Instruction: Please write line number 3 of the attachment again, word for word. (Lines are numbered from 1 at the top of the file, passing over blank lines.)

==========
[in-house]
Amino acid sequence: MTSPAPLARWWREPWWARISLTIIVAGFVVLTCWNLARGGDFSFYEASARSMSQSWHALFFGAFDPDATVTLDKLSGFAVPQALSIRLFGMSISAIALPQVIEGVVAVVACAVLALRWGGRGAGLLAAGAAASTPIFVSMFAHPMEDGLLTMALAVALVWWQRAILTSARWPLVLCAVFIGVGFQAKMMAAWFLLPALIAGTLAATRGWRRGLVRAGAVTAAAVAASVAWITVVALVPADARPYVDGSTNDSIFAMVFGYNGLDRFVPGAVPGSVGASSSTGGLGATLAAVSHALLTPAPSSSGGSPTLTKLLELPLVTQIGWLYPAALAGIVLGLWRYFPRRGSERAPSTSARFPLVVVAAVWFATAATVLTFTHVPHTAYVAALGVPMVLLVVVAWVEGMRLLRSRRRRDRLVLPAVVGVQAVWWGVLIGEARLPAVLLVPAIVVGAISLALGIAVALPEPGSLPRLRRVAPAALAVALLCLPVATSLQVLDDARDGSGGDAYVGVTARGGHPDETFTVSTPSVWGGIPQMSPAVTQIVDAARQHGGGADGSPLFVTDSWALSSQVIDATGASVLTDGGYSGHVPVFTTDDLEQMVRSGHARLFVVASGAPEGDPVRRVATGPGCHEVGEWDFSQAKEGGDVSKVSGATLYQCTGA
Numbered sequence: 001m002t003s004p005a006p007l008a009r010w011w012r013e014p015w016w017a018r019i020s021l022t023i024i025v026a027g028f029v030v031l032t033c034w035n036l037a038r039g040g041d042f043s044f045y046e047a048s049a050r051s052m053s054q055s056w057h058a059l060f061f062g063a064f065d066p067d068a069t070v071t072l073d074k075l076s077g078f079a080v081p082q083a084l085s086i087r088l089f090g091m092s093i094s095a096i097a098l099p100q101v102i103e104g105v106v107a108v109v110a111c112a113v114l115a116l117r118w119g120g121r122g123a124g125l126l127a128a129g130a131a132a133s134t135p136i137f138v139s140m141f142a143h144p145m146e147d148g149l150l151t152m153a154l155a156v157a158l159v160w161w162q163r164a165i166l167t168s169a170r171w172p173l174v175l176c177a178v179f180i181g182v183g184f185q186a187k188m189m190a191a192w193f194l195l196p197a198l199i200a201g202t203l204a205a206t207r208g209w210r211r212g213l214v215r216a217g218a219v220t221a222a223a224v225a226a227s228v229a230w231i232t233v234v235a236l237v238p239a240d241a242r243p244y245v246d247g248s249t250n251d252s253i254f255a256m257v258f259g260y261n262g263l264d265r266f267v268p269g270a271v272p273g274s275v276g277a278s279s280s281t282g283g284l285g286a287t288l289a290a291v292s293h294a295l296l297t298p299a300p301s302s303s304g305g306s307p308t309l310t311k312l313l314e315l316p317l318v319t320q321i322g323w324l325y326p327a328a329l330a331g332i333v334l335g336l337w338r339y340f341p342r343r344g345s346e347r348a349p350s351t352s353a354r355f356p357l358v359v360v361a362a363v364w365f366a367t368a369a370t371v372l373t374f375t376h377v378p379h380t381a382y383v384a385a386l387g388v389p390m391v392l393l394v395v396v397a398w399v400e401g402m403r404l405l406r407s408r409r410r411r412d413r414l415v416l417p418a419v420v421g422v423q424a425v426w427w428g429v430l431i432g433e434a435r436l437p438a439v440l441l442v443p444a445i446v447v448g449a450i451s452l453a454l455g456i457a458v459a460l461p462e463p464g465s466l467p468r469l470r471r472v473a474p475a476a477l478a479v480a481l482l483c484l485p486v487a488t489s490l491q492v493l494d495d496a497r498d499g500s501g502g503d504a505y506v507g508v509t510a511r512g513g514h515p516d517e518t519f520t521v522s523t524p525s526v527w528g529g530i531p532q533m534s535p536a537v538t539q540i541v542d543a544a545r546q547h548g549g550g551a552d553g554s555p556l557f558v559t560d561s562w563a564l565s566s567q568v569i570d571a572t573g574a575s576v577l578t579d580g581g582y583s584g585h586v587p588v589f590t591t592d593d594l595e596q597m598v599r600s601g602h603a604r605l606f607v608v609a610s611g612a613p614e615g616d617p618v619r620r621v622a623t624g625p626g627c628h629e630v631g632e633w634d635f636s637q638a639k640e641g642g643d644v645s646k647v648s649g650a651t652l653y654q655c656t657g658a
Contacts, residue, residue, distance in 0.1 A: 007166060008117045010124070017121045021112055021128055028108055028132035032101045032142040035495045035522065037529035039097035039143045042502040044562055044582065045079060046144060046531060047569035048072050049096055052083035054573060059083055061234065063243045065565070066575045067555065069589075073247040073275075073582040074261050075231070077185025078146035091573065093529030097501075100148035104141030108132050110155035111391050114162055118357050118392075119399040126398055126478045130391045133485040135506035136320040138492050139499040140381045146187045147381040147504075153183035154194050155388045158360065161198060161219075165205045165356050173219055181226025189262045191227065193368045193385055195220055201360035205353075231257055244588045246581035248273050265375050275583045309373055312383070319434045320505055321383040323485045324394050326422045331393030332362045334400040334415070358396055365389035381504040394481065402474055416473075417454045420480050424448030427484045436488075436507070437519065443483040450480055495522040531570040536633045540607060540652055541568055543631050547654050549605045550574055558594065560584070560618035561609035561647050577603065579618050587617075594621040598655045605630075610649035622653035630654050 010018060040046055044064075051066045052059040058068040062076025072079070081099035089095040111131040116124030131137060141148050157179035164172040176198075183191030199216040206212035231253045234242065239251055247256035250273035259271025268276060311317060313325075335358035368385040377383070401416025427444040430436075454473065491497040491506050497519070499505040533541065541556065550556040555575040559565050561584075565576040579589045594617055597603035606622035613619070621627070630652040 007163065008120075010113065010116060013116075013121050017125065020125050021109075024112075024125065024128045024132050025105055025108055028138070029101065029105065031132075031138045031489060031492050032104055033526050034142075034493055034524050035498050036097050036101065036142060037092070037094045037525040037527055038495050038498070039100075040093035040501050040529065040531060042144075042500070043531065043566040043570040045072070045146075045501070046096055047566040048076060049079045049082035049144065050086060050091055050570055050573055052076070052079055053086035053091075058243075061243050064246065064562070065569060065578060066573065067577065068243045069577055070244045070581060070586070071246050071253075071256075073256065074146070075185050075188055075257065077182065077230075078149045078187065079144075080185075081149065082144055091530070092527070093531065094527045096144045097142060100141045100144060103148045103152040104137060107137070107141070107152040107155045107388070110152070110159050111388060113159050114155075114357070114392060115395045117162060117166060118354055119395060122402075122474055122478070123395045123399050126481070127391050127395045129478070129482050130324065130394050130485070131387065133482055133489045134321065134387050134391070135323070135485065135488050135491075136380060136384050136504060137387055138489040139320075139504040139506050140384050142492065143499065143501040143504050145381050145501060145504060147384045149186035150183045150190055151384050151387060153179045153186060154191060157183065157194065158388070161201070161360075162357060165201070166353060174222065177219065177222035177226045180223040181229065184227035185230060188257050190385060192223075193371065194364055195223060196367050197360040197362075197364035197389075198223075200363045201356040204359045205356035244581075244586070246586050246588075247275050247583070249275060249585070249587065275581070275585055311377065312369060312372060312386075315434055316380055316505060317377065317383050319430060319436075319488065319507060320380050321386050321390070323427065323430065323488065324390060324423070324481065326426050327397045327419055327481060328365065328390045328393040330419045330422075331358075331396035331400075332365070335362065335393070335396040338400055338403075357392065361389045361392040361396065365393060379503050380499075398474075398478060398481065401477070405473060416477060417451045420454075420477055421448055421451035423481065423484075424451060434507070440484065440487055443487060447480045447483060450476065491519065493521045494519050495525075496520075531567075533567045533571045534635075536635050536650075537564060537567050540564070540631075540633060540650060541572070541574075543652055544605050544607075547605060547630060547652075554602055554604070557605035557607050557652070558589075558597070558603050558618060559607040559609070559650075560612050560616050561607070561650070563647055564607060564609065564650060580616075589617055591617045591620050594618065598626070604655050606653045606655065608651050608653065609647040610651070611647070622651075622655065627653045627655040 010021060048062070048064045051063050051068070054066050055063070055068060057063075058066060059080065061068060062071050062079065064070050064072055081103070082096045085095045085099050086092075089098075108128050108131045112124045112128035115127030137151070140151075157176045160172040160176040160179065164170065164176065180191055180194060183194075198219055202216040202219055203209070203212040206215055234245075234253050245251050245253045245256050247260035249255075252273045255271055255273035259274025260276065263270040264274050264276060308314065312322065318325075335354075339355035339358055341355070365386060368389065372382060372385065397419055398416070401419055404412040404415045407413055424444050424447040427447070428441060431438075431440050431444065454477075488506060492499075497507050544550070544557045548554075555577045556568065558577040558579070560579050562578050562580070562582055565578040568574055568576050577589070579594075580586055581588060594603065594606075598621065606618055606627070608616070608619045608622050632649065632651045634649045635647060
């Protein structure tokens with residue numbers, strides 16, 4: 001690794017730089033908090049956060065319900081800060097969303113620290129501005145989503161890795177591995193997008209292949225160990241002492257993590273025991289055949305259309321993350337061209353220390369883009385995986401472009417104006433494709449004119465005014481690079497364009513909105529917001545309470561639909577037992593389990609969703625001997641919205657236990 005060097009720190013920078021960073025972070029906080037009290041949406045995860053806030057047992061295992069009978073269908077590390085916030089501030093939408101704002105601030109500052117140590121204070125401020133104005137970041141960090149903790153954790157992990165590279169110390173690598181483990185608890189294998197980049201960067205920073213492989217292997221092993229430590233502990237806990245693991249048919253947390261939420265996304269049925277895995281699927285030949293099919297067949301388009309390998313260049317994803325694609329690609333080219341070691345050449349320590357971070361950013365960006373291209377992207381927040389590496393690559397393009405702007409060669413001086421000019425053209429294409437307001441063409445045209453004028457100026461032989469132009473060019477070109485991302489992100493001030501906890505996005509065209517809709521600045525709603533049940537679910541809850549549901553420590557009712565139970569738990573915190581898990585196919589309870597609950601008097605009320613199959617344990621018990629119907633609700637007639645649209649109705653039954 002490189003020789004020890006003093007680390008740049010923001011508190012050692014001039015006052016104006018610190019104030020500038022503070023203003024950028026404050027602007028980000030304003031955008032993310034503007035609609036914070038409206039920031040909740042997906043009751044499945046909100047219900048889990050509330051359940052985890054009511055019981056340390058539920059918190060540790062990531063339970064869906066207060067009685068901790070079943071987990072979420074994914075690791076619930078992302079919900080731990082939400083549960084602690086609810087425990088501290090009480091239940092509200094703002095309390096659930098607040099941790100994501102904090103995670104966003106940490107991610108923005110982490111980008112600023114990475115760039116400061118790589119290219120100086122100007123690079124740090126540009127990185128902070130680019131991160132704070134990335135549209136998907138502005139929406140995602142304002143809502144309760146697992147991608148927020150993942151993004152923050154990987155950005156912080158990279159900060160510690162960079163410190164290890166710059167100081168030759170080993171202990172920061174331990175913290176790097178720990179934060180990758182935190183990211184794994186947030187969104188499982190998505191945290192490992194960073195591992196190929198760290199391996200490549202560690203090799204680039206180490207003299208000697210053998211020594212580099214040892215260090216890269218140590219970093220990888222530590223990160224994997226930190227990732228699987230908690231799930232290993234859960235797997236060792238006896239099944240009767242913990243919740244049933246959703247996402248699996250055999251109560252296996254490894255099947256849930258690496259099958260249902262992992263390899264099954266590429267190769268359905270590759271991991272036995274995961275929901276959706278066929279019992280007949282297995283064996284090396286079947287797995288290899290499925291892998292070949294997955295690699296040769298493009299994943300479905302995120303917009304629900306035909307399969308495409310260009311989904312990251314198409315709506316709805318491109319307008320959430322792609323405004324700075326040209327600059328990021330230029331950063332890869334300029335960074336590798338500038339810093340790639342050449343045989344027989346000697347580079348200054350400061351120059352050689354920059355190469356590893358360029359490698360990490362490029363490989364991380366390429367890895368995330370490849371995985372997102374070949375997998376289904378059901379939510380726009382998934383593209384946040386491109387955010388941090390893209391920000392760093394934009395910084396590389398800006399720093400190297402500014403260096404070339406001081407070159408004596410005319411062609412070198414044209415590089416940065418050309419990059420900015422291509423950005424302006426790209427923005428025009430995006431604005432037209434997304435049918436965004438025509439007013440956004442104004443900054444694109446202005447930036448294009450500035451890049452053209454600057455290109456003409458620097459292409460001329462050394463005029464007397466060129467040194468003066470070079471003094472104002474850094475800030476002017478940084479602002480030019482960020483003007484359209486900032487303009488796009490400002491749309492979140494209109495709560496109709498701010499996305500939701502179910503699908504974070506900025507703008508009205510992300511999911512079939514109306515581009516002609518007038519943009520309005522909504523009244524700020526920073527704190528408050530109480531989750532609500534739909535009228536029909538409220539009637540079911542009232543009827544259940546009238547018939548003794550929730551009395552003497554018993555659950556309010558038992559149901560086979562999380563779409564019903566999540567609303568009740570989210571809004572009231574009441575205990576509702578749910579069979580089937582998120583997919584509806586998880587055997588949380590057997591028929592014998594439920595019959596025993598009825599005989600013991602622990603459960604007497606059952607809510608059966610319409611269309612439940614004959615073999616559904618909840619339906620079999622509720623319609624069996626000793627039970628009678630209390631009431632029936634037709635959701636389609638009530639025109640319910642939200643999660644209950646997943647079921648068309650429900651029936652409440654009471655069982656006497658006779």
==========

Numbered sequence: 001m002t003s004p005a006p007l008a009r010w011w012r013e014p015w016w017a018r019i020s021l022t023i024i025v026a027g028f029v030v031l032t033c034w035n036l037a038r039g040g041d042f043s044f045y046e047a048s049a050r051s052m053s054q055s056w057h058a059l060f061f062g063a064f065d066p067d068a069t070v071t072l073d074k075l076s077g078f079a080v081p082q083a084l085s086i087r088l089f090g091m092s093i094s095a096i097a098l099p100q101v102i103e104g105v106v107a108v109v110a111c112a113v114l115a116l117r118w119g120g121r122g123a124g125l126l127a128a129g130a131a132a133s134t135p136i137f138v139s140m141f142a143h144p145m146e147d148g149l150l151t152m153a154l155a156v157a158l159v160w161w162q163r164a165i166l167t168s169a170r171w172p173l174v175l176c177a178v179f180i181g182v183g184f185q186a187k188m189m190a191a192w193f194l195l196p197a198l199i200a201g202t203l204a205a206t207r208g209w210r211r212g213l214v215r216a217g218a219v220t221a222a223a224v225a226a227s228v229a230w231i232t233v234v235a236l237v238p239a240d241a242r243p244y245v246d247g248s249t250n251d252s253i254f255a256m257v258f259g260y261n262g263l264d265r266f267v268p269g270a271v272p273g274s275v276g277a278s279s280s281t282g283g284l285g286a287t288l289a290a291v292s293h294a295l296l297t298p299a300p301s302s303s304g305g306s307p308t309l310t311k312l313l314e315l316p317l318v319t320q321i322g323w324l325y326p327a328a329l330a331g332i333v334l335g336l337w338r339y340f341p342r343r344g345s346e347r348a349p350s351t352s353a354r355f356p357l358v359v360v361a362a363v364w365f366a367t368a369a370t371v372l373t374f375t376h377v378p379h380t381a382y383v384a385a386l387g388v389p390m391v392l393l394v395v396v397a398w399v400e401g402m403r404l405l406r407s408r409r410r411r412d413r414l415v416l417p418a419v420v421g422v423q424a425v426w427w428g429v430l431i432g433e434a435r436l437p438a439v440l441l442v443p444a445i446v447v448g449a450i451s452l453a454l455g456i457a458v459a460l461p462e463p464g465s466l467p468r469l470r471r472v473a474p475a476a477l478a479v480a481l482l483c484l485p486v487a488t489s490l491q492v493l494d495d496a497r498d499g500s501g502g503d504a505y506v507g508v509t510a511r512g513g514h515p516d517e518t519f520t521v522s523t524p525s526v527w528g529g530i531p532q533m534s535p536a537v538t539q540i541v542d543a544a545r546q547h548g549g550g551a552d553g554s555p556l557f558v559t560d561s562w563a564l565s566s567q568v569i570d571a572t573g574a575s576v577l578t579d580g581g582y583s584g585h586v587p588v589f590t591t592d593d594l595e596q597m598v599r600s601g602h603a604r605l606f607v608v609a610s611g612a613p614e615g616d617p618v619r620r621v622a623t624g625p626g627c628h629e630v631g632e633w634d635f636s637q638a639k640e641g642g643d644v645s646k647v648s649g650a651t652l653y654q655c656t657g658a